Michael Stegman, from the Urban Institute, observed that considering executive compensation at the other GSEs may prove fruitful. “The GSEs have a scorecard where performance is tied to … mission-critical activities … we ought to think about how that kind of incentive … can influence compensation.” Klein agreed with Stegman’s idea on executive compensation. He added three ideas: restricting banks to membership in a single FHLB; a restriction on how much one FHLB can lend to a single member; and greater FHLB participation in supporting lending for projects that fill the gap between five to 49 units and mixed-use development. Dennis Shea, executive director at the J. Ronald Terwilliger Center for Housing Policy, stressed that regulators should do more about housing supply. “This area of five to 49 multi-family [housing], which has been traditionally underfinanced, is a worthwhile idea.” Furthermore, on the issue of transparency, Shea asserted that a government assessment of the value of the taxpayer subsidy provided to the FHLBs and their members and the public benefit they provide would prove helpful.

“Regulators should do more about housing supply”

Megan Haberle, senior director of policy at the National Community Reinvestment Coalition, called for greater regulatory clarity on advances, stating: “Not only tracking the advances, [but] attaching stronger strings to them … we want to make sure the advances are attached to that core purpose.” She also called for expanding usage of Community Reinvestment Act (CRA) performance by the FHLBs as well as performance for first time homebuyer support, nothing that under current law many members of FHLBs such as insurance companies and mortgage businesses are not covered by CRA.

Mr. Stegman advocated that GSEs, should not be able to lobby, citing the $3 million spent in lobbying fees in 2021. He also proposed mandating member banks use the community investment program advances to support affordable housing initiatives. The myth of “zero public subsidy” of the FHLBs needs to be dispelled, he said, citing the six notches that the credit rating agencies ascribe to the implied taxpayer support of FHLB debt.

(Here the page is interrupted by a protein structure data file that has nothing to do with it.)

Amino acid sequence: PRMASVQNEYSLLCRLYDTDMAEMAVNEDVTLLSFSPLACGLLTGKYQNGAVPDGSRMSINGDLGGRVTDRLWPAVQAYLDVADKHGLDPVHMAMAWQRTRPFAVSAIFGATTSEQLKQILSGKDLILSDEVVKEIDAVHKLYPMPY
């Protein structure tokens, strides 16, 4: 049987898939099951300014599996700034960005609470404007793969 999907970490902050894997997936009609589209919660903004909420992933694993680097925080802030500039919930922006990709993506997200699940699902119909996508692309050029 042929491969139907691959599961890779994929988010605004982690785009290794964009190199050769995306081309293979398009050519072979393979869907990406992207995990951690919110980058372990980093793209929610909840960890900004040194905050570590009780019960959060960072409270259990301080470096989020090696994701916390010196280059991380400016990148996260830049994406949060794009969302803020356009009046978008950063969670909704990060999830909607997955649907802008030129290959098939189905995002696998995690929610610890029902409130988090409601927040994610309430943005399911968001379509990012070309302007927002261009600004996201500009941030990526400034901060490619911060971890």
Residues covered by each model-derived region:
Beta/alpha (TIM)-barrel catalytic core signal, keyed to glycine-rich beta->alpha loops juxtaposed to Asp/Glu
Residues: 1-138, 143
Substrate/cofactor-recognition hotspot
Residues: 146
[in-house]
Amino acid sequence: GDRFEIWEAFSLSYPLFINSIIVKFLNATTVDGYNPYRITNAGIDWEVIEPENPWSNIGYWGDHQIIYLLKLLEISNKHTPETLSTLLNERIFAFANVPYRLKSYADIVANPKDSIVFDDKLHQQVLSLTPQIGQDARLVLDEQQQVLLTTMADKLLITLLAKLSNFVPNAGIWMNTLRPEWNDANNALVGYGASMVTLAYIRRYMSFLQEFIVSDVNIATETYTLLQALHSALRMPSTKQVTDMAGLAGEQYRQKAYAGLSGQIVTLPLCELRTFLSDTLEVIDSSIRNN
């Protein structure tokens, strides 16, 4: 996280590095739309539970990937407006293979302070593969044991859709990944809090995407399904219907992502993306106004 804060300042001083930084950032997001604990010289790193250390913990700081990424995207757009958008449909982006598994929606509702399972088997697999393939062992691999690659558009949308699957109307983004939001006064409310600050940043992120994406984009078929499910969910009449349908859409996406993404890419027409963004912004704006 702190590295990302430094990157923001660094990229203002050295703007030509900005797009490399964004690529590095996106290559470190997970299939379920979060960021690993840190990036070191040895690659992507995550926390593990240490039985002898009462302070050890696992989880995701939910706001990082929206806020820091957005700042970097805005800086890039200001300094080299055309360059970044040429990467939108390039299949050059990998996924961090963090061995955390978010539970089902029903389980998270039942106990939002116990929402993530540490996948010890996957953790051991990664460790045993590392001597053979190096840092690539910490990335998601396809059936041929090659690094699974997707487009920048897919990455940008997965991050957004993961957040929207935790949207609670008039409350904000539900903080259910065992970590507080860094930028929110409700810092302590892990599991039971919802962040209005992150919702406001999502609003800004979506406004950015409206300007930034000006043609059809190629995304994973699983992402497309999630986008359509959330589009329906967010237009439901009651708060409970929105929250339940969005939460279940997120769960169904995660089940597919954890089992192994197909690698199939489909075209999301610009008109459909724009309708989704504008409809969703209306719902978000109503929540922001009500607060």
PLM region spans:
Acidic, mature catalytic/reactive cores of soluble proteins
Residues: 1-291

4. View from the top

In the keynote fireside chat, Boston University’s Cornelius Hurley interviewed Director Sandra Thompson regarding the FHFA’s review of the FHLBanks’ mission, as well as proposed recommendations for the future. Director Thompson agreed that member banks could do more to promote affordable housing. “They’re fulfilling their liquidity prong very well, but with regard to affordable housing and community investment … they could do better.”

Responding to Mr. Hurley’s question asking whether taxpayers are “stakeholders” in the FHLBanks, Director Thompson responded, “Absolutely,” citing the implied taxpayer guarantee of all FHLB debt and their exemption from paying taxes among the reasons. She also said, “The status quo is not acceptable.”

“The status quo is not acceptable.”

Mr. Hurley inquired about board composition and executive compensation, asking if FHFA can ‘pull any levers’ in the area. Director Thompson directed her answer about executive compensation to the forthcoming report and its recommendations, which will include both legislative and regulatory recommendations. Regarding compensation, she mentioned that she did not set executive compensation levels or ranges but that she has the authority to deny. She offered insight about what diversity in board composition looks like. “When we talk about diversity, not only is it just race, gender diversity, but it’s also diversity with some of the board members and their experiences,” citing an example about representation in districts that have significant tribal communities.

Next Steps: FHFA is continuing its listening sessions and roundtables and has invited comments to be submitted by March 17, 2023. The Review of Banking and Financial Law will be publishing further materials dedicated to proposals on FHLB reform. The call for papers can be found here.